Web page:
Onglyza, a diabetes medication developed and distributed by AstraZeneca, has been linked to serious side effects, including those affecting the pancreas, thyroid, and cardiovascular system. Affected patients and families may be eligible to file a Georgia Onglyza lawsuit and pursue compensation for damages allegedly associated with the medication.
For more information, contact the Georgia Injury Attorney Group today. Our consultations are free, confidential and without any obligation on your part. We can help answer your questions, and if you choose to pursue a claim we can connect you with an affiliated attorney who can assist you throughout the legal process.
What is Onglyza?
Onglyza, also known generically as saxagliptin, is used in conjunction with a proper diet and exercise to control high blood sugar. Approved in 2009, Onglyza belongs to a relatively new class of incretin-based therapies known as dipeptidyl peptidase-4 (DPP-4) inhibitors.
Who Takes Onglyza and How Does It Work?
Type 2 diabetes affects approximately 90–95 percent of all cases of diagnosed diabetes in the United States. Onglyza is designed to treat only adults suffering from type 2 diabetes. People with a history of pancreatitis, gallstones, alcoholism, and high blood triglyceride levels should talk with their doctor before taking the medication.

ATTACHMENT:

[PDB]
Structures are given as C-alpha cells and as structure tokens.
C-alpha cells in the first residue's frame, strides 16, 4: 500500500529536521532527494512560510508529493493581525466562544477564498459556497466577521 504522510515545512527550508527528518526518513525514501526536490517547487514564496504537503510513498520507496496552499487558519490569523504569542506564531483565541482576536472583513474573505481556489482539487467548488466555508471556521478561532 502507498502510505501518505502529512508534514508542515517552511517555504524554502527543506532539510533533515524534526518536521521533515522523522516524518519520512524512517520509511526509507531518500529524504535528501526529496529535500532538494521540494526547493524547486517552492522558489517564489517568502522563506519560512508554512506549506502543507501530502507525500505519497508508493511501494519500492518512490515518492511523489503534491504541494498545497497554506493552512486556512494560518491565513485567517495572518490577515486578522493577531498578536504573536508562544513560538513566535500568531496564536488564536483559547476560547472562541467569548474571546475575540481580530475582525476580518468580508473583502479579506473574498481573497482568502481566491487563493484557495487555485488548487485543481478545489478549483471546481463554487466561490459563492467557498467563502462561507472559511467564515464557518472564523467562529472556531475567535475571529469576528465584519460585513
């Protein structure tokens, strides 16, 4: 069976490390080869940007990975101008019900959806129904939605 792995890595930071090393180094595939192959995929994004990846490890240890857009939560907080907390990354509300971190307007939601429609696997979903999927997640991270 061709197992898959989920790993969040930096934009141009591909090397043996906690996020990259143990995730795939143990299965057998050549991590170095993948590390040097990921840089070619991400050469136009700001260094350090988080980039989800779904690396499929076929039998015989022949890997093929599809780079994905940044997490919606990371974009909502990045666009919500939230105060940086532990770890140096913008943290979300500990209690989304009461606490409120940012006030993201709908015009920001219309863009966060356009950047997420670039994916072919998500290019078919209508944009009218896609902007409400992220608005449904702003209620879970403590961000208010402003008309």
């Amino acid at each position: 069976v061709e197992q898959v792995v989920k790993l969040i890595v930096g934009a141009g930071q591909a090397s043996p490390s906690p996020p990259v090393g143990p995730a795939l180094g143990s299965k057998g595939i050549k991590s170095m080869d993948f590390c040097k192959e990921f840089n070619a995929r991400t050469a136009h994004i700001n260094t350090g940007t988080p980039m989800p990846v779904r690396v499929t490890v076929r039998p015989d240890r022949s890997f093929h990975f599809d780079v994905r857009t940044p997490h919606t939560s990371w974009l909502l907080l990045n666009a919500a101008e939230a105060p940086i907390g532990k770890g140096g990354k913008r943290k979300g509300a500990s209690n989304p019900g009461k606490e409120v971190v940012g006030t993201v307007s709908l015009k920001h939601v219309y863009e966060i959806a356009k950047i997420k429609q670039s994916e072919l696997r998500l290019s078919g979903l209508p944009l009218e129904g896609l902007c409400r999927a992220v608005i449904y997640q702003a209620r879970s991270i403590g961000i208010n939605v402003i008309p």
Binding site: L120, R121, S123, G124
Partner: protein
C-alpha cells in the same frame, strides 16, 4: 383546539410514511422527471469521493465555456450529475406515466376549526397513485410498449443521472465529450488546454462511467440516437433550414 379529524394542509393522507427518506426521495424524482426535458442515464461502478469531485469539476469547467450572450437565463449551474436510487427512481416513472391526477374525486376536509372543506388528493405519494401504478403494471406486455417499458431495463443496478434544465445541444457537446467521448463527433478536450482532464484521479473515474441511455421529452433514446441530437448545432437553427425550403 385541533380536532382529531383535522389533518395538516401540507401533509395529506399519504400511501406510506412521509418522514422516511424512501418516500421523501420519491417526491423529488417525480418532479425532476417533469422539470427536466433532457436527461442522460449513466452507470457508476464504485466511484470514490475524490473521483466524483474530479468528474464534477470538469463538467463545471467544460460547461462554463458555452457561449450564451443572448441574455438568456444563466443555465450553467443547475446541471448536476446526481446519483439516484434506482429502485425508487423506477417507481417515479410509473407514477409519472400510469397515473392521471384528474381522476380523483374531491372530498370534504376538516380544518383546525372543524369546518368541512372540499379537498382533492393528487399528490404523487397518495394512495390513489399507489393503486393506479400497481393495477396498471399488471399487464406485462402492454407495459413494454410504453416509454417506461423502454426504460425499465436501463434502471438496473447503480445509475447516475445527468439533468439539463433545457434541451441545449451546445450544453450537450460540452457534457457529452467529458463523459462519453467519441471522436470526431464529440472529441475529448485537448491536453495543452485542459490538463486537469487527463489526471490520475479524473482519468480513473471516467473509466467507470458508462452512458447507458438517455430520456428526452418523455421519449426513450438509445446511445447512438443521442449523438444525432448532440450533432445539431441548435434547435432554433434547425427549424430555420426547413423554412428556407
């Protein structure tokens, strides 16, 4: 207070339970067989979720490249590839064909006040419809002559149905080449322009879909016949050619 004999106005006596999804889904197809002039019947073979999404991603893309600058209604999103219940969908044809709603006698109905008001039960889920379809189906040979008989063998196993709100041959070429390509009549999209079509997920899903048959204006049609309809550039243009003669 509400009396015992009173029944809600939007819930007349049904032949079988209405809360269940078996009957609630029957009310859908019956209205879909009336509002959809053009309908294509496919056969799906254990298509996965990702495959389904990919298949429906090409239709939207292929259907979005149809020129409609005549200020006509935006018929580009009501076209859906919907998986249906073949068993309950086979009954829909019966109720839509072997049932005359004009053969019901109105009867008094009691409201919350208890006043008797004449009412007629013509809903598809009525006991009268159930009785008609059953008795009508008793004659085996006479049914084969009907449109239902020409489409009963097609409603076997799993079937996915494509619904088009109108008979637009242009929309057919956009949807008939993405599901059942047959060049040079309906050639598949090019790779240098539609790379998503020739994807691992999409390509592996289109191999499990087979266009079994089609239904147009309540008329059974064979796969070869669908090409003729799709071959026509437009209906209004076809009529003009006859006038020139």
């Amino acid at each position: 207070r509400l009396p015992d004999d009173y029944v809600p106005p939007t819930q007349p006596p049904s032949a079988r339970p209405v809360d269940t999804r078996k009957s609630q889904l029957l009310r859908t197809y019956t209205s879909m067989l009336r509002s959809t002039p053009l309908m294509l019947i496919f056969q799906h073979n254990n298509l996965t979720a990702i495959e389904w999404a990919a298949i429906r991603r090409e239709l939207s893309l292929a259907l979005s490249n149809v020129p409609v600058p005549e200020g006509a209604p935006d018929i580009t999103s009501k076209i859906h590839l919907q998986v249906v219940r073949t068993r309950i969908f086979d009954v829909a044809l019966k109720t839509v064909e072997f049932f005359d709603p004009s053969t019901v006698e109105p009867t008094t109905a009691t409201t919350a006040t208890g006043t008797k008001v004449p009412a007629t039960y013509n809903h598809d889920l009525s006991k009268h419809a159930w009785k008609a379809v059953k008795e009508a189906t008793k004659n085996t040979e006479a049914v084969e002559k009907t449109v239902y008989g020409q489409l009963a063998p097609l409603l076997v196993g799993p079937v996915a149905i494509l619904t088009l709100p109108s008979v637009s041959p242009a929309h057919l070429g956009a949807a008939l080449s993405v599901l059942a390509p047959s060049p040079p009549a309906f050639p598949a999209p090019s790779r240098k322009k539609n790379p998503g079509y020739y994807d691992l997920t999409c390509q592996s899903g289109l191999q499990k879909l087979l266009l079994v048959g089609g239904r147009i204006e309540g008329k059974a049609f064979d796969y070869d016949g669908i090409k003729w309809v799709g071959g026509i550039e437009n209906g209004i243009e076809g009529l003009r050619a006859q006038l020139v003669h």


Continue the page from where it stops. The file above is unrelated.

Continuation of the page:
Onglyza works by increasing levels of substances known as incretins, hormones that help control blood sugar levels by increasing insulin levels after eating meals. The DPP-4 inhibitors in medications such as Onglyza are used to improve glycemic control in patients with type 2 diabetes; however, there are a number of risks allegedly associated with the use of such medications.
Onglyza Side Effects and Risks
Like many prescription medications, Onglyza may cause a number of reactions and side effects when used as prescribed to treat adults with type 2 diabetes. Common side effects of Onglyza include:
- Sore throat
- Urinary tract infection
- Swelling or fluid retention
- Stuffy or runny nose
- Upper respiratory tract infection
- Low blood sugar
Onglyza is often used with other medications to treat symptoms of type 2 diabetes. As a result, the risk of low blood sugar is higher. Symptoms of low blood sugar may include shaking, hunger, sweating, headache, rapid heartbeat, change in mood, and change in vision.
Onglyza and Cardiovascular Risks
In April 2015, the U.S. Food and Drug Administration (FDA) Endocrinologic and Metabolic Drugs Advisory Committee (EMDAC) voted that the results of the Saxagliptin Assessment of Vascular Outcomes in Patients with Diabetes Mellitus (SAVOR) study demonstrate that the use of saxagliptin (Onglyza) in patients with type 2 diabetes has an acceptable cardiovascular risk profile. Likewise, EMDAC members voted to supplement the medication’s labeling and add new safety information.
Onglyza and Heart Failure